Sunday, October 18, 2009

Sunday Explanatory Notes: Hebrews 10:1-18

Missed last Sunday but the ox is still moving...
10:1 For the Law, having a shadow of good things to come—not [having] the image itself of the things—is never able to perfect those who approach with the same sacrifices that they offer continually year by year,
It seems significant that the author of Hebrews does not say that the Law is a shadow of good things to come. Rather, it has, contains shadows of those good things. The phrase "good things to come" reminds us of 9:11, where Christ is said to be a high priest of "good things that have arrived." Perhaps the author is thinking that the Law involves a shadow of Christ's sacrifice.

Again, the shadow is not in a one to one relationship with the reality. All the disparate sacrifices of the Levitical system find their singular reality in Christ's atonement. They were a shadow of Christ, not an exact image of Christ. This language is not used precisely, in the way someone like Philo would use it, but its general sense is clear enough.

10:1-2 give us a good sense of what Hebrews means when it speaks of the perfection of humans. 10:1 says that Levitical sacrifices were not able to perfect the one offering them. 10:2 implies that if they had been perfected, they would have been cleansed. Clearly "perfection" in relation to humans involves the cleansing of sins for the author. Indeed, perhaps the perfection of a person in Hebrews is exactly for such a person's sins to be cleansed.

10:2-3 Since would they not have stopped offering [them] because they no longer had a consciousness of sins, the worshippers once having been cleansed, but in these [sacrifices] is a yearly remembrance of sins.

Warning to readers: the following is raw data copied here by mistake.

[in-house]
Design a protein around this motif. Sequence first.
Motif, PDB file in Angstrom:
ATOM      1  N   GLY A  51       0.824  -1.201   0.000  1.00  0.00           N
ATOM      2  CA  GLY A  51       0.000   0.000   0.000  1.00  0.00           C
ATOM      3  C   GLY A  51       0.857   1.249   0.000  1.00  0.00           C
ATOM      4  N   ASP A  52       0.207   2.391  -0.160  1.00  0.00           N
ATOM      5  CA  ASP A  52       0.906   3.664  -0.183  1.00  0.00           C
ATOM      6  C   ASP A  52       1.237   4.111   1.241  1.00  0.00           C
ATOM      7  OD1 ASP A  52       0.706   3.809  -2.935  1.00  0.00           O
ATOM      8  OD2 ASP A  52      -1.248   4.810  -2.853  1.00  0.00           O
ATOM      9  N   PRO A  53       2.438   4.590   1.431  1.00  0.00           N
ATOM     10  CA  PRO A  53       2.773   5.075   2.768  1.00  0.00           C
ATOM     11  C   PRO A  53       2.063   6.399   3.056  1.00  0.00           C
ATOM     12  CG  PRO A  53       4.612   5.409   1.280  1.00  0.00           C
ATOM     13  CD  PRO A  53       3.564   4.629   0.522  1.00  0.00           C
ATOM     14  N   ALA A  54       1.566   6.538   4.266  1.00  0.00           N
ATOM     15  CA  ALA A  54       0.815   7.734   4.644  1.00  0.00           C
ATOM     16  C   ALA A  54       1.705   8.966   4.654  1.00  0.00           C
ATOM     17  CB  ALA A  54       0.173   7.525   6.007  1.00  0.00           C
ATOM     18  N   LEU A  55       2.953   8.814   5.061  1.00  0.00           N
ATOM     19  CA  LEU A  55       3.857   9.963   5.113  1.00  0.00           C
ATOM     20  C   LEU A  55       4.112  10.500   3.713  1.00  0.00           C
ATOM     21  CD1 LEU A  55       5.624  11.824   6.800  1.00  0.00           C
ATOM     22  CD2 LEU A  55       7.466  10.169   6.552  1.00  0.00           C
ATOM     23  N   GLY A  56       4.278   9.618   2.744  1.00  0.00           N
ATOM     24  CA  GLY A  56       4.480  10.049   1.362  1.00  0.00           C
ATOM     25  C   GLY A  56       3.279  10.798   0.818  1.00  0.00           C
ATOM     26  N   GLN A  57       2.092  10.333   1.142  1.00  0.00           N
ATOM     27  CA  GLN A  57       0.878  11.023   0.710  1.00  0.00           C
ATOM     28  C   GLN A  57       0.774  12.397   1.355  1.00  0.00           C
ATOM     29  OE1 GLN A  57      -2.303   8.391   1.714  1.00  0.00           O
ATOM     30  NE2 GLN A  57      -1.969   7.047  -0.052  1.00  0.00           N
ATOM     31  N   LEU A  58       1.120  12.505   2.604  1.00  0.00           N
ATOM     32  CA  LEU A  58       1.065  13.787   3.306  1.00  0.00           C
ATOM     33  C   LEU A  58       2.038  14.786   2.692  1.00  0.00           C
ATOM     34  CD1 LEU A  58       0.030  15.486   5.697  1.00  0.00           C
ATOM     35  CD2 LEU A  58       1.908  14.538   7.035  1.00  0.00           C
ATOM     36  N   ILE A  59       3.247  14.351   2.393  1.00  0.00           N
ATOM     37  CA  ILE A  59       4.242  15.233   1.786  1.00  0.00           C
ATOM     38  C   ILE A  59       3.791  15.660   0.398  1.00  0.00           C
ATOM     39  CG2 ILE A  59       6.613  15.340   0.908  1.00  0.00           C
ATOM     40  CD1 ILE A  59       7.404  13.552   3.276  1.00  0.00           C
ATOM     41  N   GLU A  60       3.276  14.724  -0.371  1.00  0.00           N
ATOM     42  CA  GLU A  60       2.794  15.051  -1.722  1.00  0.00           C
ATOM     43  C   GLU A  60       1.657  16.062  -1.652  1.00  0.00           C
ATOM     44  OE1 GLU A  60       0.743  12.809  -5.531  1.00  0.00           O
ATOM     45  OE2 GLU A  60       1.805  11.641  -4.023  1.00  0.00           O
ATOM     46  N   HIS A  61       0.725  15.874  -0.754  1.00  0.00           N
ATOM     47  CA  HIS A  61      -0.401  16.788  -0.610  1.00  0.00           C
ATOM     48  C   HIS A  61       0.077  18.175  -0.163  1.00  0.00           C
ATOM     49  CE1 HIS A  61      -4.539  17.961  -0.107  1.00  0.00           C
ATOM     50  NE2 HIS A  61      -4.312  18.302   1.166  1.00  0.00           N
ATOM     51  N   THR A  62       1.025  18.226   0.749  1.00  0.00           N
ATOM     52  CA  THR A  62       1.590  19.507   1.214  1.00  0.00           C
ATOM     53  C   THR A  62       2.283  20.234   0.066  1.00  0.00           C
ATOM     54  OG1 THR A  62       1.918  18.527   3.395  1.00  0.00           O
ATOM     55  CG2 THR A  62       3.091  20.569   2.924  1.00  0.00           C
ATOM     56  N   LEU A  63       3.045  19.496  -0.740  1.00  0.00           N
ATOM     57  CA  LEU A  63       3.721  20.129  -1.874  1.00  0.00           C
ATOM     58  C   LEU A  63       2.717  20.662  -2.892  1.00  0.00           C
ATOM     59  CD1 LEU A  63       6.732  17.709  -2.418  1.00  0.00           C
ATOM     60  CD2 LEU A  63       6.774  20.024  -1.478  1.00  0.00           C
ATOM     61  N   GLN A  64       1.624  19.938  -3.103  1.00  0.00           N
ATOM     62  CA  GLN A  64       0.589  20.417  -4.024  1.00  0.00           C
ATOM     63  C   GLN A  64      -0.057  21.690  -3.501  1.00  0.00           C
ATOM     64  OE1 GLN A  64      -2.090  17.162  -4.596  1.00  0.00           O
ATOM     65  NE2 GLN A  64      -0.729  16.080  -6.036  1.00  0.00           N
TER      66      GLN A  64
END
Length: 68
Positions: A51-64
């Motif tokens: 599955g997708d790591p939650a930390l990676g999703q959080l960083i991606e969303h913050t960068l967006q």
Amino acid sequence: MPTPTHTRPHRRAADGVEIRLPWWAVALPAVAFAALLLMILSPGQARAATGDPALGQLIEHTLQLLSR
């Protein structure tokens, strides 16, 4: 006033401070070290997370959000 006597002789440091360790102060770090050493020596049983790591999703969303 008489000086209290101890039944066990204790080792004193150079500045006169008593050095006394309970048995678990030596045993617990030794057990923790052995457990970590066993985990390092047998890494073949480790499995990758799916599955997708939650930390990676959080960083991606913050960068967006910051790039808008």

This is a contrary to fact argument. If Levitical sacrifices truly took away sins, they would be offered once and that would be it. But they have continued to be offered, so they must not be able to take away sins. Instead, the yearly Day of Atonement ritual is an indication that the sacrifices of the Old Testament had no power to cleanse sins.

We also get a good sense of what the word conscience means for the author of Hebrews. It is parallel in these two verses to "remembrance." It thus translates best, particularly in 10:2, with the word consciousness rather than "conscience." It would seem to be that faculty of the mind that is aware of one's wrongdoing or lack thereof.

10:4 For it is impossible for the blood of bulls and goats to take away sins.
This statement is very interesting given the author's earlier claim in 9:22 that without the shedding of blood there is scarcely any remission of sins. Here we learn that the shedding of blood actually did nothing for the remission of sins. It perhaps hints that we should be very careful in our interpretation of 9:22.